China eyes Paris cli­mate pact

China Daily (Canada) - - FRONT PAGE - By LAN LAN in Lima, Peru lan­lan@chi­nadaily.com.cn

The new global cli­mate agree­ment to be signed next year in Paris should (be legally bind­ing and) cover all el­e­ments, the deputy head of China’s del­e­ga­tion at the United Na­tions cli­mate talks in Lima said on Thurs­day.

Su Wei, China’s chief cli­mate ne­go­tia­tor, said China has an open mind on the fi­nal term used to de­fine the Paris agree­ment. Ei­ther it will be a “pro­to­col” or other form with a le­gal force, he said at the cli­mate change talks in Lima that started on Mon­day and con­clude Dec 12. “First we need to de­ter­mine the sub­stances and let the sub­stances to de­ter­mine the form,” said Su.

The adopted agree­ment should ad­dress all el­e­ments, in­clud­ing mit­i­ga­tion, adap­ta­tion, fi­nanc­ing, tech­nol­ogy trans­fer and trans­parency of ac­tion support, he said.

China fa­vors a 10-year com­mit­ment over a five-year pe­riod be­cause it will pro­vide more ac­count­abil­ity for the mar­ket to follow, he said, whereas a fiveyear pe­riod could mean too much time spent on ne­go­ti­a­tion.

“Those ac­tions will be very much fa­cil­i­tated by the role to be played by the mar­ket mech­a­nisms,” said Su, also di­rec­tor gen­eral of the cli­mate change depart­ment un­der the Na­tional De­vel­op­ment and Re­form Com­mis­sion.

The con­fer­ence’s agenda calls for coun­tries to put for­ward con­tri­bu­tions to the 2015 agree­ment in the form of in­tended na­tion­ally de­ter­mined con­tri­bu­tions (INDCs) early next year.

China is pre­par­ing its INDC and plans to un­veil a pack­age of post-2020 ac­tions in the first half of 2015, but will try to put it for­ward at “an ear­lier date,” Su said.

Last month, in a joint an­nounce­ment Beijing said it would aim to peak its emis­sions around 2030, the first time it has set a max­i­mum year, and the United States said it would seek to re­duce emis­sions by 26 to 28 per­cent be­low 2005 lev­els by 2025.

Be­sides the goals an­nounced in the joint an­nounce­ment, Su said goals to markedly re­duce car­bon in­ten­sity and boost for­est con­ser­va­tion will be in­cluded in the pack­age.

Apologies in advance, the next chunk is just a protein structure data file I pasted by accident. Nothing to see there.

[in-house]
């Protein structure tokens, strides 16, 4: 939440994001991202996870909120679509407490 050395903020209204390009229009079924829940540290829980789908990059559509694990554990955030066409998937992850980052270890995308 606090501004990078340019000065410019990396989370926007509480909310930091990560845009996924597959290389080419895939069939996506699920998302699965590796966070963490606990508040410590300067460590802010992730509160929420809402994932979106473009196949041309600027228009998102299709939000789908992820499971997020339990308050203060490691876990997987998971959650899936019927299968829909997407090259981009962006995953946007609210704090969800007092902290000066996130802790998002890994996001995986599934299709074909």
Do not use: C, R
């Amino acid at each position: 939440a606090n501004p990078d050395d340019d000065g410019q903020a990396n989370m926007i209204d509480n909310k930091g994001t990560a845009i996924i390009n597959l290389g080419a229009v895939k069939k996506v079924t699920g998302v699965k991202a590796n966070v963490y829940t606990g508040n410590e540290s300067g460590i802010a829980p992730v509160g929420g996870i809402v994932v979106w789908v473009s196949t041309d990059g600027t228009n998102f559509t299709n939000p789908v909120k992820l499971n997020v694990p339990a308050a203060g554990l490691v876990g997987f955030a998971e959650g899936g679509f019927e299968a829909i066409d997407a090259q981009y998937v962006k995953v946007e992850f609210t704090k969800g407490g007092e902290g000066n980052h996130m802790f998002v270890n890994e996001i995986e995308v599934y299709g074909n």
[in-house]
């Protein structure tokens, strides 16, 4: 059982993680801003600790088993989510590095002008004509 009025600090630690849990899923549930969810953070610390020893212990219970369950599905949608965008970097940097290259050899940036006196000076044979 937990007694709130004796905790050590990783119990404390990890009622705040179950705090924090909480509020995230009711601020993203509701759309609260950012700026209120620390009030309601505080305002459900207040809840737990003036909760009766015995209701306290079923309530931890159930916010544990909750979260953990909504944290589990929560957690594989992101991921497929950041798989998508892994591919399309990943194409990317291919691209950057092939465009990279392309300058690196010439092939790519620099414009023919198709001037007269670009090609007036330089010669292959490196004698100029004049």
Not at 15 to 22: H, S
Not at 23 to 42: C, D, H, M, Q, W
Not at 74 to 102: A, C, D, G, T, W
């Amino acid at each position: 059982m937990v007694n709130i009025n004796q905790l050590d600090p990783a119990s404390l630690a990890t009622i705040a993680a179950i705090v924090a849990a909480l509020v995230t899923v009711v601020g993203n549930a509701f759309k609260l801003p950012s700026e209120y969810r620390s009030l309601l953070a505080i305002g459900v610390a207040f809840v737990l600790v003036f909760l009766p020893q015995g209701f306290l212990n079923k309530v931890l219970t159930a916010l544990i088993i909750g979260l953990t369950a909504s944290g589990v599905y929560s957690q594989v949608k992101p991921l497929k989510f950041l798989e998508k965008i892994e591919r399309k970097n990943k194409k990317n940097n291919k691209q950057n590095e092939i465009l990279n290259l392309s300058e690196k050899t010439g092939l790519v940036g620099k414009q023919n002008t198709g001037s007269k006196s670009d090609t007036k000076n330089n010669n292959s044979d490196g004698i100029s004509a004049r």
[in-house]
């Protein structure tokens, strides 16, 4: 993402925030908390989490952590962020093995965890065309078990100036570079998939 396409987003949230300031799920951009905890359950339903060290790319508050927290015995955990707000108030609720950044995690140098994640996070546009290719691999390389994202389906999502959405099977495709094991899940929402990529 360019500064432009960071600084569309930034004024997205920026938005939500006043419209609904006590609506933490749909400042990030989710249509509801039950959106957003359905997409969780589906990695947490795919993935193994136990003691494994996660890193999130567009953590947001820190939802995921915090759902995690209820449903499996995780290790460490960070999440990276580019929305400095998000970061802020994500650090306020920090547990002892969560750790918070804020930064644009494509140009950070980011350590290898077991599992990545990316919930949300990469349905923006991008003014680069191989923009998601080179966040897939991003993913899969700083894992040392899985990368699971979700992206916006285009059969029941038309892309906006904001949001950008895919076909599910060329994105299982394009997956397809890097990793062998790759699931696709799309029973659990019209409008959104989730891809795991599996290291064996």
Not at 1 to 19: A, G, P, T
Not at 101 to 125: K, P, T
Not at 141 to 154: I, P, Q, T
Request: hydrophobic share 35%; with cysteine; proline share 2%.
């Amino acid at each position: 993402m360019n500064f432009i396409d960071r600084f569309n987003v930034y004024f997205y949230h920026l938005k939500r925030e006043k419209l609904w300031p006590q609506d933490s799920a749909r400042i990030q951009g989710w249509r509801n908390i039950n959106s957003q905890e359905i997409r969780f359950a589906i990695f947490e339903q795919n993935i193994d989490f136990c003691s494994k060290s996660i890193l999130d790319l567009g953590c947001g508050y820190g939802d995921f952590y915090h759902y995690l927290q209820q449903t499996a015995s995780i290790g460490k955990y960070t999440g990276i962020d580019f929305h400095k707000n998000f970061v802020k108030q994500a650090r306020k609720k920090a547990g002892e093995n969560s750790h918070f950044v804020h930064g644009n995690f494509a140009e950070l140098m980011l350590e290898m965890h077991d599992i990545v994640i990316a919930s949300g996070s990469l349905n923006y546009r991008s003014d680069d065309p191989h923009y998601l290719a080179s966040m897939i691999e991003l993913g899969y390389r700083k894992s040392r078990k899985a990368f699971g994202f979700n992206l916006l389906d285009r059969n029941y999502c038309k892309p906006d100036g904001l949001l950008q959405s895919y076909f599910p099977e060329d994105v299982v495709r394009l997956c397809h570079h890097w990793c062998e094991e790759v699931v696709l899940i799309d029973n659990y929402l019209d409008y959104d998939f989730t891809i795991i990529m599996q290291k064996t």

The joint an­nounce­ment made by the two coun­tries does not nec­es­sar­ily blur the dis­tinc­tion be­tween de­vel­oped and de­vel­op­ing coun­tries, he said.

“It’s not an an­nounce­ment of joint ac­tions, not an an­nounce­ment of joint ob­jec­tives, it’s a joint an­nounce­ment of re­spec­tive en­hanced ac­tions for the pe­riod after 2020,” said Su, adding the sig­nif­i­cance of the joint an­nounce­ment was to in­ject mo­men­tum to the cli­mate talks.

Another key decision to be made in the Lima talks is the fi­nance is­sue. A to­tal of $9.7 bil­lion has been put on the ta­ble for the UN Green Cli­mate Fund (GCF), how­ever, that’s “far from ad­e­quate”, said Su. De­vel­oped coun­tries pledged to mo­bi­lize $100 bil­lion per year for sup­port­ing de­vel­op­ing coun­tries by 2020.

“Ten bil­lion is only one-tenth of that ob­jec­tive and we don’t have a clear roadmap or pic­ture of meet­ing that tar­get,” said Su.

He said “it is not good news” if Aus­tralia re­fuses to pro­vide any money to the GCF.

Adap­ta­tion is another agenda item in the talks in Lima. “We want to put adap­ta­tion on the same foot­ing as mit­i­ga­tion. The im­pact of cli­mate change is not in the fu­ture, it’s hap­pen­ing now,” said Su.

The year 2014 is on track to be the warm­est year on record, a UN weather agency said on Wed­nes­day.

Su called for del­e­gates in Lima to speed up the ne­go­ti­a­tion process and start real ne­go­ti­a­tion, and he said it’s a gen­eral con­sen­sus among de­vel­op­ing coun­tries “to put text on the screens”.

Screen or no screen has be­come an is­sue hin­der­ing the cli­mate-change talks in Lima, said ob­servers.

In the past three days, many de­vel­op­ing coun­tries de­manded that the text of draft de­ci­sions, in­clud­ing mat­ters re­gard­ing the 2015 Paris agree­ment, be put on a screen and then coun­tries would change the text as they made their pro­pos­als.

But two co-chairs of the work­ing group ap­peared in­tent on con­tin­u­ing what they had done in the pre­vi­ous year and merely lis­ten to com­ments and pro­pos­als made by the par­ties and then pro­duce new ver­sions of the draft-decision text.

“This was con­sid­ered to be not a party-driven but a chair-driven process by many of the de­vel­op­ing coun­tries,” said a state­ment of The Third World Net­work, a non-profit or­ga­ni­za­tion

China said the ap­proach for the past year has not been one of real ne­go­ti­a­tions and added that it was con­cerned by the co-chair’s pro­posal that the “sec­re­tariat takes notes” of the pro­pos­als by par­ties and “take it back home to cook in your kitchen”, ac­cord­ing to of­fi­cials of Ox­fam, a non-profit or­ga­ni­za­tion, which is tak­ing notes at the talks.

Jiang Jiemin,

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